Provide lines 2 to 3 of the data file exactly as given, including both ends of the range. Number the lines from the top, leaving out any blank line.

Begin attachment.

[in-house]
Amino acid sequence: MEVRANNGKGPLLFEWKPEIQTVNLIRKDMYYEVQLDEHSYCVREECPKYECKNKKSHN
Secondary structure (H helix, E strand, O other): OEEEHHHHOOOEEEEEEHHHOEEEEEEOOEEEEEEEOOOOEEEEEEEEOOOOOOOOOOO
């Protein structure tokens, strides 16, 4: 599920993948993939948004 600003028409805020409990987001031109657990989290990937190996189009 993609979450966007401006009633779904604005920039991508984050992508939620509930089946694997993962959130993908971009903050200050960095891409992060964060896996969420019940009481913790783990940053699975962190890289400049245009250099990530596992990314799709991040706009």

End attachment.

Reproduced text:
Amino acid sequence: MEVRANNGKGPLLFEWKPEIQTVNLIRKDMYYEVQLDEHSYCVREECPKYECKNKKSHN
Secondary structure (H helix, E strand, O other): OEEEHHHHOOOEEEEEEHHHOEEEEEEOOEEEEEEEOOOOEEEEEEEEOOOOOOOOOOO